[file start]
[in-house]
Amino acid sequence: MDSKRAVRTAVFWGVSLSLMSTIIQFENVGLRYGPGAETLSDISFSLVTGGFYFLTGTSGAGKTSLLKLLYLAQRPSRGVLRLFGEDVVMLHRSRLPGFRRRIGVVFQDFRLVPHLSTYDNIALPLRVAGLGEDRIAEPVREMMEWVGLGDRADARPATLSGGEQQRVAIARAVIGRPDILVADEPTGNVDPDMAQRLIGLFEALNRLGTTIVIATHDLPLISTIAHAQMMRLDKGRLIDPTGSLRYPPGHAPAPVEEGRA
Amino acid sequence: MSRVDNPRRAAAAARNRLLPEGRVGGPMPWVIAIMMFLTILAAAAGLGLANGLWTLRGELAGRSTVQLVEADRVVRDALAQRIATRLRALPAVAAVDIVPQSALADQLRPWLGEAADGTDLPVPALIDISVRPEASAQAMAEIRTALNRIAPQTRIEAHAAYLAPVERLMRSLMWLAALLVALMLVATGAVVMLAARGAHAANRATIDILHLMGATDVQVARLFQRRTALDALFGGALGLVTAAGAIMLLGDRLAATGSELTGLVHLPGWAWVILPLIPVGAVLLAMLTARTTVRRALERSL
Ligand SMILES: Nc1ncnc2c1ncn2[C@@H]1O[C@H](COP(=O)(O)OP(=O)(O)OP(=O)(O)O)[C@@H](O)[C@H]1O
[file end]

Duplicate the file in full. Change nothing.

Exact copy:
[in-house]
Amino acid sequence: MDSKRAVRTAVFWGVSLSLMSTIIQFENVGLRYGPGAETLSDISFSLVTGGFYFLTGTSGAGKTSLLKLLYLAQRPSRGVLRLFGEDVVMLHRSRLPGFRRRIGVVFQDFRLVPHLSTYDNIALPLRVAGLGEDRIAEPVREMMEWVGLGDRADARPATLSGGEQQRVAIARAVIGRPDILVADEPTGNVDPDMAQRLIGLFEALNRLGTTIVIATHDLPLISTIAHAQMMRLDKGRLIDPTGSLRYPPGHAPAPVEEGRA
Amino acid sequence: MSRVDNPRRAAAAARNRLLPEGRVGGPMPWVIAIMMFLTILAAAAGLGLANGLWTLRGELAGRSTVQLVEADRVVRDALAQRIATRLRALPAVAAVDIVPQSALADQLRPWLGEAADGTDLPVPALIDISVRPEASAQAMAEIRTALNRIAPQTRIEAHAAYLAPVERLMRSLMWLAALLVALMLVATGAVVMLAARGAHAANRATIDILHLMGATDVQVARLFQRRTALDALFGGALGLVTAAGAIMLLGDRLAATGSELTGLVHLPGWAWVILPLIPVGAVLLAMLTARTTVRRALERSL
Ligand SMILES: Nc1ncnc2c1ncn2[C@@H]1O[C@H](COP(=O)(O)OP(=O)(O)OP(=O)(O)O)[C@@H](O)[C@H]1O